However, the relative KJLO after HTO still indicated significantly more lateral tilt (about 5° on average) than that of normal knees, despite the compensatory change of the relative ankle joint line orientation. The two major reasons for this finding could be (1) relative KJLO of patients before HTO was similar to that of the normal controls and (2) the overcorrection nature of HTO. This study found that the average KJLOs of patients before HTO and the normal controls were almost parallel to the ground (0.3° vs −0.5°, respectively) and their difference was only 0.8° (P = 0.059). Consequently, the average KJLOs in patients after HTO became significantly different from that in the normal controls. In addition, because after HTO patients had about 4°more valgus alignment than the normal controls, the overcorrection produced most of this difference.
Regarding the relative KJLO, similar findings were observed in a recent study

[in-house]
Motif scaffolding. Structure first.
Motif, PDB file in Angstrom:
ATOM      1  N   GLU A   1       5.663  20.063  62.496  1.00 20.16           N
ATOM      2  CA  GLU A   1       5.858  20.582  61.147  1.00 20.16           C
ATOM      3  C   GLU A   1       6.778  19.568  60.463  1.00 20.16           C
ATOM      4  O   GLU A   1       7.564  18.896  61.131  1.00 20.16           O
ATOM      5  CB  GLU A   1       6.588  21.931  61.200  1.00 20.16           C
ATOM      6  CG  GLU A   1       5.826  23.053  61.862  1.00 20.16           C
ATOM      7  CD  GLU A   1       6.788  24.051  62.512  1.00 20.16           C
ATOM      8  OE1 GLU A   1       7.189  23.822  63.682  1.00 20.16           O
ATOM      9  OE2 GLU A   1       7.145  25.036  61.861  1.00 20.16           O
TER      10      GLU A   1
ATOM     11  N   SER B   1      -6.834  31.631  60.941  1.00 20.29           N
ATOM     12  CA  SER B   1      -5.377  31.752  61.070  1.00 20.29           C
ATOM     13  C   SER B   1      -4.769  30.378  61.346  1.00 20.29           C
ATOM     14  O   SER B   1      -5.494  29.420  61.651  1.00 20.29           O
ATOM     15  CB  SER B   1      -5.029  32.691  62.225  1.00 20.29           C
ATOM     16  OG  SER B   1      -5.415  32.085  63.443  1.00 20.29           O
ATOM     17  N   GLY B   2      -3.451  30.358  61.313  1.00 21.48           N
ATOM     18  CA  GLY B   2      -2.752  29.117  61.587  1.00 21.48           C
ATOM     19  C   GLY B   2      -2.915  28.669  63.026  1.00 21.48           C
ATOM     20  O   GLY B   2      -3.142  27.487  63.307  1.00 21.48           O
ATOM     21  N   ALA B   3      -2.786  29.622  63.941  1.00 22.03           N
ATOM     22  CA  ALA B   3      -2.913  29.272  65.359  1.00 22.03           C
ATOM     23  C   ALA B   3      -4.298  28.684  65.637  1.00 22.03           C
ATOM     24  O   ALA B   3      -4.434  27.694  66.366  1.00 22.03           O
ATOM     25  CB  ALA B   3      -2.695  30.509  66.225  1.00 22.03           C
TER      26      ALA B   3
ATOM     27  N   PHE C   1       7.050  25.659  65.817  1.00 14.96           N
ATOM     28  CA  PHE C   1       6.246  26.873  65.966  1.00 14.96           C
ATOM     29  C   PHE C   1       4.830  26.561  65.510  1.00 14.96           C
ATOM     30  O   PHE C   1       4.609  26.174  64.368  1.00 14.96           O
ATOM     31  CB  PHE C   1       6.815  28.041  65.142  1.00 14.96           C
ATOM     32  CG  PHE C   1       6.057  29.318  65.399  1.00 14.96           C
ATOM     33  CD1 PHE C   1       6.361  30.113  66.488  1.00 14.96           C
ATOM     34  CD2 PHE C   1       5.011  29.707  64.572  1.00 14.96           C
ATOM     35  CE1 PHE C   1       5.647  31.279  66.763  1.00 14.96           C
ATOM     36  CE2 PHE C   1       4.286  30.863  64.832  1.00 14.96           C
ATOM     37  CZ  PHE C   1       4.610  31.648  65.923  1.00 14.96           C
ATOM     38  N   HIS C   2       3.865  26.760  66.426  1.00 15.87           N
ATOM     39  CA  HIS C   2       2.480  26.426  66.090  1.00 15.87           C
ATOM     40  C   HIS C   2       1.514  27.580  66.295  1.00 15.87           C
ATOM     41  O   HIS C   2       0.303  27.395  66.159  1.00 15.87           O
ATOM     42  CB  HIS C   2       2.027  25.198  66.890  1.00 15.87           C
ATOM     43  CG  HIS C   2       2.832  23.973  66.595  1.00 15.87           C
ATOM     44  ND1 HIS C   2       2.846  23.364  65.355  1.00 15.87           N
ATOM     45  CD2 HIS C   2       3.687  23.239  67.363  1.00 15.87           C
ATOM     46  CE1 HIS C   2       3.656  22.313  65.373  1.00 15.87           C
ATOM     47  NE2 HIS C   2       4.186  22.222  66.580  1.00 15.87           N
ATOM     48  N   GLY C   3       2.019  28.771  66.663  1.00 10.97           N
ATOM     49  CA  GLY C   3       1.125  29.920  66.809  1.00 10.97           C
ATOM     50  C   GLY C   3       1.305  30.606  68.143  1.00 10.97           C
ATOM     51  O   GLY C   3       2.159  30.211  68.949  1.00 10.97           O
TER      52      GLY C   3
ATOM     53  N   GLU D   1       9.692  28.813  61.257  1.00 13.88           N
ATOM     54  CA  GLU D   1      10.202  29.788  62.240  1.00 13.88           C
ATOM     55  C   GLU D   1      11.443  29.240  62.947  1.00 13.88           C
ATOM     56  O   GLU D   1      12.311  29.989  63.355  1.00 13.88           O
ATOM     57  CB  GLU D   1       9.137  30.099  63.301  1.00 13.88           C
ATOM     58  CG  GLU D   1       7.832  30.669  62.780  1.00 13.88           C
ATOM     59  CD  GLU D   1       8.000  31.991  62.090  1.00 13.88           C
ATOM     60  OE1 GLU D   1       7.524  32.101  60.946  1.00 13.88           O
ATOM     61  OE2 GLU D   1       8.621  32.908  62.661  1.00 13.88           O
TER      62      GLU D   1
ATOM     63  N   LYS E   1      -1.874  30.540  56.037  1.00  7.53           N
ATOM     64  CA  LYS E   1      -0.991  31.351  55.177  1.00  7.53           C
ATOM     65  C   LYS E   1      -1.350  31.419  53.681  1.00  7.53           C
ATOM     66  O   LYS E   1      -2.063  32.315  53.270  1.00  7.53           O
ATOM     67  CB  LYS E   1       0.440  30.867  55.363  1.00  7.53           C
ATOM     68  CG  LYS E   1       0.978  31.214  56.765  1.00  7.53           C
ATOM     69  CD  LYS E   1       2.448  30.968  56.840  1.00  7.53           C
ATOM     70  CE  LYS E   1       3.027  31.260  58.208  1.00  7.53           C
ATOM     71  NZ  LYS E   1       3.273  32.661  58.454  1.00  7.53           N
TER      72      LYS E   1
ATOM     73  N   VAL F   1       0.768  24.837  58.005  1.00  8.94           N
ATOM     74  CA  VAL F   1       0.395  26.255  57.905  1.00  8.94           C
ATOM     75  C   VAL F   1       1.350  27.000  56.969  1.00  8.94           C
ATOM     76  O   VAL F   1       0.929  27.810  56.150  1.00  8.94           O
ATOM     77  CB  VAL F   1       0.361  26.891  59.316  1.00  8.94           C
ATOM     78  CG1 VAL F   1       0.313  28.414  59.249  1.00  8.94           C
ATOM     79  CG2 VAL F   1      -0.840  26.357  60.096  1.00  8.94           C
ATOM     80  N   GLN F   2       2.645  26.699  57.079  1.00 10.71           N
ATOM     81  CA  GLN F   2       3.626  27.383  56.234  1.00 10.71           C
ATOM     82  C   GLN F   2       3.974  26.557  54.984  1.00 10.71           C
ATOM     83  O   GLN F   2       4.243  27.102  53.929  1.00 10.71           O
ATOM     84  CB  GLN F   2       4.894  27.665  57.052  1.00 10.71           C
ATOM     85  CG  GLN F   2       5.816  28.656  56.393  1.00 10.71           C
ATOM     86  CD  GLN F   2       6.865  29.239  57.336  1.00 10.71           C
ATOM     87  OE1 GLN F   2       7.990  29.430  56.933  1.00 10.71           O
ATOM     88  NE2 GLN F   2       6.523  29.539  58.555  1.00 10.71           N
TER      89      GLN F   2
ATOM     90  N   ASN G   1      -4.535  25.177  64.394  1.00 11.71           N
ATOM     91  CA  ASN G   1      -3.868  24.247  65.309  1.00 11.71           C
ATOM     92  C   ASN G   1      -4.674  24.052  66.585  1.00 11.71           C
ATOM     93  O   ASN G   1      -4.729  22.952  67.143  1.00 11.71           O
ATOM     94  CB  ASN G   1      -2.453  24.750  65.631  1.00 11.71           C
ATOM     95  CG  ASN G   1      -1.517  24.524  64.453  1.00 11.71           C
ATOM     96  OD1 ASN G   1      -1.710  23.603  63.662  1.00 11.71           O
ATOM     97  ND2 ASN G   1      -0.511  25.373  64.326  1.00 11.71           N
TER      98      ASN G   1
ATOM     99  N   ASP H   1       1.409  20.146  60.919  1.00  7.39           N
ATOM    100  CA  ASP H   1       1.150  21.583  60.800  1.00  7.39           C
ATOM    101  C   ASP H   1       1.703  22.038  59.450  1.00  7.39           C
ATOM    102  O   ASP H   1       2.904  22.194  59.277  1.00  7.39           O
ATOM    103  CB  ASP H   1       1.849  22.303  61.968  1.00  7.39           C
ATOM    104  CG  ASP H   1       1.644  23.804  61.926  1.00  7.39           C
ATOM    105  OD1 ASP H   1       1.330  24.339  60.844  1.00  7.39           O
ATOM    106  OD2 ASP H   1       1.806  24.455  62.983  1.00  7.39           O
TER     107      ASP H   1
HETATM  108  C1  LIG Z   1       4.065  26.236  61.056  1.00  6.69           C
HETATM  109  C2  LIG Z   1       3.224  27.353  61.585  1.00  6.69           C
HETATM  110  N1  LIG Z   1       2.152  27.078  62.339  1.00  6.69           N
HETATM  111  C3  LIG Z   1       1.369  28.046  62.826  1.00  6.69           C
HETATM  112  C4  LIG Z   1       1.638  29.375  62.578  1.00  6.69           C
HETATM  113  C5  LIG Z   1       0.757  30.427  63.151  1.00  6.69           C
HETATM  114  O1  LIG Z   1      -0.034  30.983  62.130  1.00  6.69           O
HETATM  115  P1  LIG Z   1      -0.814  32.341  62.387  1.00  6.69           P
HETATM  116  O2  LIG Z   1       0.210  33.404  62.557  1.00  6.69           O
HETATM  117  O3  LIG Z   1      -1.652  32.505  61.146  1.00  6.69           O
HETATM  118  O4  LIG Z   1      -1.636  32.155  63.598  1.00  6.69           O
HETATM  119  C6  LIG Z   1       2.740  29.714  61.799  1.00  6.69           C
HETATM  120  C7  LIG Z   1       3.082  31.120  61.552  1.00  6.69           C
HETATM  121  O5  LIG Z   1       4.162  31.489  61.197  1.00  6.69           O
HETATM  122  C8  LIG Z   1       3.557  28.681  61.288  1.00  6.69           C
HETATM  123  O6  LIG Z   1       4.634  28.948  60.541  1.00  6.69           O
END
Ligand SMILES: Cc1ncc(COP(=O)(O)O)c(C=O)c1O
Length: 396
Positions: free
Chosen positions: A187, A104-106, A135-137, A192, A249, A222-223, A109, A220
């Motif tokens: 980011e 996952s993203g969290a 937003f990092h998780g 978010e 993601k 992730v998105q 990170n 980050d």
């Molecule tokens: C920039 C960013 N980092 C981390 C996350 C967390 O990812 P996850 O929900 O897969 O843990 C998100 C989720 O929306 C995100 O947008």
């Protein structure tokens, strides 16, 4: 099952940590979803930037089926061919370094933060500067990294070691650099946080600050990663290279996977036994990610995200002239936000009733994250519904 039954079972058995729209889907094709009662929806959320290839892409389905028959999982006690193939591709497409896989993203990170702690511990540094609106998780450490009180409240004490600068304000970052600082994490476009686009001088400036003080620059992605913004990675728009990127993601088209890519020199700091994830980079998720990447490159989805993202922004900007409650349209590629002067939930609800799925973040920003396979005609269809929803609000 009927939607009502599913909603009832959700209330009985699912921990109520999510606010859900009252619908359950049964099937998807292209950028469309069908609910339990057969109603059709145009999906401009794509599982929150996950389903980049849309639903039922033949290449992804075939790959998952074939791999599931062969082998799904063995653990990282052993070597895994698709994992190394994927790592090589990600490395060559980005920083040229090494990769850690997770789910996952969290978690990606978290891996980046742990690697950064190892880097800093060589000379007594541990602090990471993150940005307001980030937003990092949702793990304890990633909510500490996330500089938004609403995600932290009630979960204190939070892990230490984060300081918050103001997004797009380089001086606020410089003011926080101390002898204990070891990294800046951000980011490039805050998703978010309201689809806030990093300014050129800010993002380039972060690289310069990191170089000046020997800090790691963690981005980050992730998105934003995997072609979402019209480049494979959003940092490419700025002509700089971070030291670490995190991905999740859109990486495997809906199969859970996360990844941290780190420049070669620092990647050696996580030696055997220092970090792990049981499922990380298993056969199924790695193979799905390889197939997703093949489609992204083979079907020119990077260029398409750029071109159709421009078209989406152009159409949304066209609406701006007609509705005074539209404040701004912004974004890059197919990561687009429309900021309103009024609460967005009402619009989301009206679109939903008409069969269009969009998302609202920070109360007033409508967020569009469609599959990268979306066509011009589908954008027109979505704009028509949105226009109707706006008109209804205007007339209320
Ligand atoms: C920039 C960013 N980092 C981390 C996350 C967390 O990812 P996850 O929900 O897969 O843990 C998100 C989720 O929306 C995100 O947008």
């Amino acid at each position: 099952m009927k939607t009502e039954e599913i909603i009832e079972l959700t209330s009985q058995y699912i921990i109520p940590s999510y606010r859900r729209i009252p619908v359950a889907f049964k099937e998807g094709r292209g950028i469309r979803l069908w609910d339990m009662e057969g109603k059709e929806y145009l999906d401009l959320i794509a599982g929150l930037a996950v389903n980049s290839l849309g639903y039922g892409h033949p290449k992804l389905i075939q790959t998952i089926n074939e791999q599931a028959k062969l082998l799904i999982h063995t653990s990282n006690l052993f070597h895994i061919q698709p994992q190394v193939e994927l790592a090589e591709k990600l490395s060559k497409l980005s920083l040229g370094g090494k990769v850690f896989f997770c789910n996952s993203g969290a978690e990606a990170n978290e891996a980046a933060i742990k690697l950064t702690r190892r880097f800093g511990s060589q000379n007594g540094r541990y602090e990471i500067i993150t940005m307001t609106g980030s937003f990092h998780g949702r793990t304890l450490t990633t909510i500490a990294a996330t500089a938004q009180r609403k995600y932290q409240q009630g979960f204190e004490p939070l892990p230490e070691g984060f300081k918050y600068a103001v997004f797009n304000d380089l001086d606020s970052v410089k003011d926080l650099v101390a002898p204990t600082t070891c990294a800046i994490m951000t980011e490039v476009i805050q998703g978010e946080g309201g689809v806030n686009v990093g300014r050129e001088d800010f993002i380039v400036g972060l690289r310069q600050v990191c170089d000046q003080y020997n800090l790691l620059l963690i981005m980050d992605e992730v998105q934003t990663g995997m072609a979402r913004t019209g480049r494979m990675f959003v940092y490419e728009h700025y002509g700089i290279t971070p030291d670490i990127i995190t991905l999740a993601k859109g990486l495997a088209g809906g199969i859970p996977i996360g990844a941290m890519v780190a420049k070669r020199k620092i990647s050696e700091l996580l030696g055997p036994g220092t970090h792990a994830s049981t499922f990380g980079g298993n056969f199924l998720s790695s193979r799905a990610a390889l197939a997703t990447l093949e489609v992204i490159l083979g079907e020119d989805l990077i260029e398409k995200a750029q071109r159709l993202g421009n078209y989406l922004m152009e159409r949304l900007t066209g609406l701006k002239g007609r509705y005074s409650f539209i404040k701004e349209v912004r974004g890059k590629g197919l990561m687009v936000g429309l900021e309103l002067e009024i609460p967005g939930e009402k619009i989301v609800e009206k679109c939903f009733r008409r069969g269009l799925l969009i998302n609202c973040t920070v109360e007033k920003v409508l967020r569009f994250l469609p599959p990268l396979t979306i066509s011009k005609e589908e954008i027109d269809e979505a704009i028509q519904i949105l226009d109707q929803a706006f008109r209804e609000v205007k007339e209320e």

. Victor et al. compared the tibial joint line angle relative to the floor in subjects with neutral alignment and with constitutional varus, and found that even though their mechanical alignments differed by 4°on average (varus 0.5° in the neutral group vs varus 4.5° in the varus group), the average tibial joint line angles relative to the floor in both groups were almost identical and parallel to the floor. Furthermore, the authors found that in arthritic knees with varus alignment this parallel orientation was not maintained (1.9° lateral tilt on average), which appears contradictory to our findings before HTO. However, the previous authors' arthritic knee group included a number of patients with more severe knee OA warranting TKA who had more severe varus malalignment than our patients group. Additionally, our definition of the KJLO (the line connecting the mid-points of medial and lateral knee joint space) differed from these and authors' definition of the tibial joint line (the tangent to the medial and lateral tibial plateau) can lead to a slight angle difference. Considering these factors, our findings nearly agree with the previous study.